The Cranberry Bog rests in a sedimentary rock basin, with the Moscow Shale Formation ( the most superficial shale formation beneath the bog ) having been scoured by repetitive glacial activity beginning as early as two million years in the past and ending 13–14,000 years ago.*
This depression served to collect, and contain sediment and organic material over the millenniums through the present time. This material forms the substrate upon which the flora and fauna of the bog are dependent.
Despite its popular name the Cranberry Bog is technically not a true bog, but rather a fen or system of fens.** It probably never produced edible cranberries although two species of a small non-domestic cranberry are to be found.
Early settlers had purchased or leased land from the former Cooper, Croughan Patent and the bog was included within those lands. Many of those settlers had come from the area of Burlington ,N.J., a coastal community where cranberries were grown and harvested. Upon settling in their new community sentimentally namedBurlington,N.Y., they may have attempted to grow cranberries in the bog, or maybe it simply reminded them of their home area inNew Jersey. In any event the name Cranberry Bog was adopted and stuck.
There is an earthen berm at the southernmost end of the bog that serves to elevate the water level by approximately one foot and that prevents any seasonal overflow from eroding and draining the wetland.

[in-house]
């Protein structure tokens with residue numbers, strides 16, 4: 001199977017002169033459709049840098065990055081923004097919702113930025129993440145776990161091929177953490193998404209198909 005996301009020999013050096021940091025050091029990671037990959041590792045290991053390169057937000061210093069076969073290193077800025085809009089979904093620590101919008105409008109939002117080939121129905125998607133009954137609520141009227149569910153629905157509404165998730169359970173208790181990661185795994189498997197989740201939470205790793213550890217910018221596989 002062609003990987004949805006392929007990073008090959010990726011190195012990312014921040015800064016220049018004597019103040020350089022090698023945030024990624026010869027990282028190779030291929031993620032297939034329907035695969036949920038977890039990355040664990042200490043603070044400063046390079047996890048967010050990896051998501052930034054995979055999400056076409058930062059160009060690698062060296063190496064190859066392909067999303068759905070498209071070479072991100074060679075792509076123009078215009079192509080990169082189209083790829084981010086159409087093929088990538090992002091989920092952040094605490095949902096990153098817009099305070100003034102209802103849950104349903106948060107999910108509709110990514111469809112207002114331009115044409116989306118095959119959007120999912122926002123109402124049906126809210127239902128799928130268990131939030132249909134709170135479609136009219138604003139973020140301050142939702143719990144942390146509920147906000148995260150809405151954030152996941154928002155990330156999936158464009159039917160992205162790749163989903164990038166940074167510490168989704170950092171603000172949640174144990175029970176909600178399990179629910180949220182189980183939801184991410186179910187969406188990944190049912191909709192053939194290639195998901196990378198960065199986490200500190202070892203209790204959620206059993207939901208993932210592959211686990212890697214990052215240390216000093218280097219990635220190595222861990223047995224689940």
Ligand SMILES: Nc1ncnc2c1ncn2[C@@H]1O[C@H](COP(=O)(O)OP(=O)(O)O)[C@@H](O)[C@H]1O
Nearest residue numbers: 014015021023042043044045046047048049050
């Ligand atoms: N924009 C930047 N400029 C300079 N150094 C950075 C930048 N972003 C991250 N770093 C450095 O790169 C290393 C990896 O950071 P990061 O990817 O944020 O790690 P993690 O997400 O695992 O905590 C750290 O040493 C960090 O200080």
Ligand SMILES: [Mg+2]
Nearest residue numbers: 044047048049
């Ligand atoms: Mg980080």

The origin of the berm is uncertain. It may be the remnants of a dike constructed by the early settlers as they attempted to create a cranberry bog, or more likely it is the remnant of a dam created by hundreds of generations of beaver activity. An access path is maintained on the proximal half of the dike with the distal half remaining under the control of the beaver and the elements.
The Cranberry Bog owes much of its research value to its altitude and isolation. At an altitude of 1800 ft., combined with its historic weather patterns and cool temperatures its plant colonies more closely resemble those of a northern Adirondack or Quebec wetland.
Its isolation has also protected it against highway, agricultural, industrial and housing pollution. There are very few exotic plants or animal species present and having almost completely controlled its watershed, it remains a reliable control or baseline for future studies of local waters.
A census of all biota and physical characteristics is maintained by the Biological Field Station and SUNY Oneonta, and multiple research and teaching projects have, and will be accomplished. A listing of prior, and ongoing projects follows. Their complete texts may be found in our homepage listed under Research.
* Hasbargen, L. See Geologic History of Greenwoods Conservancy. This website.
** Harman, W.N. See Research and Teaching. This website.
** Taylor, L. See 1994 Annual Report. Pp. 105-108. This website.